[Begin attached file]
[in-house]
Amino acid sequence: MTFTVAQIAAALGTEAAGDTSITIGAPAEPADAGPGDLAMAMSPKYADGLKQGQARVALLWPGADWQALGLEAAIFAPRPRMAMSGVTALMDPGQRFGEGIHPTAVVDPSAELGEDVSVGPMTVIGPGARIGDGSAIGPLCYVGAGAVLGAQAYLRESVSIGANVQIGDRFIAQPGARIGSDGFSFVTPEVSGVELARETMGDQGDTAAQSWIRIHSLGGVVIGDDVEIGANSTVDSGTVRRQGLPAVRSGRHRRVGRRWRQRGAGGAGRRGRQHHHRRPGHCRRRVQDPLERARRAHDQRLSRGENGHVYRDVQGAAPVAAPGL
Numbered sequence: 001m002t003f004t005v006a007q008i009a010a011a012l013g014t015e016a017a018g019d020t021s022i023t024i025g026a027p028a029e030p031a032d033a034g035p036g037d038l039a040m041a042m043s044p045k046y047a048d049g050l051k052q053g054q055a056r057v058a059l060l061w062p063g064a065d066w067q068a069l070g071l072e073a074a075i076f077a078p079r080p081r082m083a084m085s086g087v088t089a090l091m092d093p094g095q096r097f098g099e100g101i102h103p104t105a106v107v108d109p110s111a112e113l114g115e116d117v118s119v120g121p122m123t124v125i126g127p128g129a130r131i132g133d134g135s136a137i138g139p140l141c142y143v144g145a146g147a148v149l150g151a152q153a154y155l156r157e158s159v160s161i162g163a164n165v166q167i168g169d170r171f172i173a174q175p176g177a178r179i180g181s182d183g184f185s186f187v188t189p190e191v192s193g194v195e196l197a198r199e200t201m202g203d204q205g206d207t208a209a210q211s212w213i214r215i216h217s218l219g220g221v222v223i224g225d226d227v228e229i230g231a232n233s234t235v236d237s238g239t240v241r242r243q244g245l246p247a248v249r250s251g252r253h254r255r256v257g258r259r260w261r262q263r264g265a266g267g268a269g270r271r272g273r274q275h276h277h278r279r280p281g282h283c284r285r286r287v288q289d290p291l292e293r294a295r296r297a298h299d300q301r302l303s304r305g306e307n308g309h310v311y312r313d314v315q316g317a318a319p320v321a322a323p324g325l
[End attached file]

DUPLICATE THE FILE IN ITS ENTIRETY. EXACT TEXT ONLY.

[in-house]
Amino acid sequence: MTFTVAQIAAALGTEAAGDTSITIGAPAEPADAGPGDLAMAMSPKYADGLKQGQARVALLWPGADWQALGLEAAIFAPRPRMAMSGVTALMDPGQRFGEGIHPTAVVDPSAELGEDVSVGPMTVIGPGARIGDGSAIGPLCYVGAGAVLGAQAYLRESVSIGANVQIGDRFIAQPGARIGSDGFSFVTPEVSGVELARETMGDQGDTAAQSWIRIHSLGGVVIGDDVEIGANSTVDSGTVRRQGLPAVRSGRHRRVGRRWRQRGAGGAGRRGRQHHHRRPGHCRRRVQDPLERARRAHDQRLSRGENGHVYRDVQGAAPVAAPGL
Numbered sequence: 001m002t003f004t005v006a007q008i009a010a011a012l013g014t015e016a017a018g019d020t021s022i023t024i025g026a027p028a029e030p031a032d033a034g035p036g037d038l039a040m041a042m043s044p045k046y047a048d049g050l051k052q053g054q055a056r057v058a059l060l061w062p063g064a065d066w067q068a069l070g071l072e073a074a075i076f077a078p079r080p081r082m083a084m085s086g087v088t089a090l091m092d093p094g095q096r097f098g099e100g101i102h103p104t105a106v107v108d109p110s111a112e113l114g115e116d117v118s119v120g121p122m123t124v125i126g127p128g129a130r131i132g133d134g135s136a137i138g139p140l141c142y143v144g145a146g147a148v149l150g151a152q153a154y155l156r157e158s159v160s161i162g163a164n165v166q167i168g169d170r171f172i173a174q175p176g177a178r179i180g181s182d183g184f185s186f187v188t189p190e191v192s193g194v195e196l197a198r199e200t201m202g203d204q205g206d207t208a209a210q211s212w213i214r215i216h217s218l219g220g221v222v223i224g225d226d227v228e229i230g231a232n233s234t235v236d237s238g239t240v241r242r243q244g245l246p247a248v249r250s251g252r253h254r255r256v257g258r259r260w261r262q263r264g265a266g267g268a269g270r271r272g273r274q275h276h277h278r279r280p281g282h283c284r285r286r287v288q289d290p291l292e293r294a295r296r297a298h299d300q301r302l303s304r305g306e307n308g309h310v311y312r313d314v315q316g317a318a319p320v321a322a323p324g325l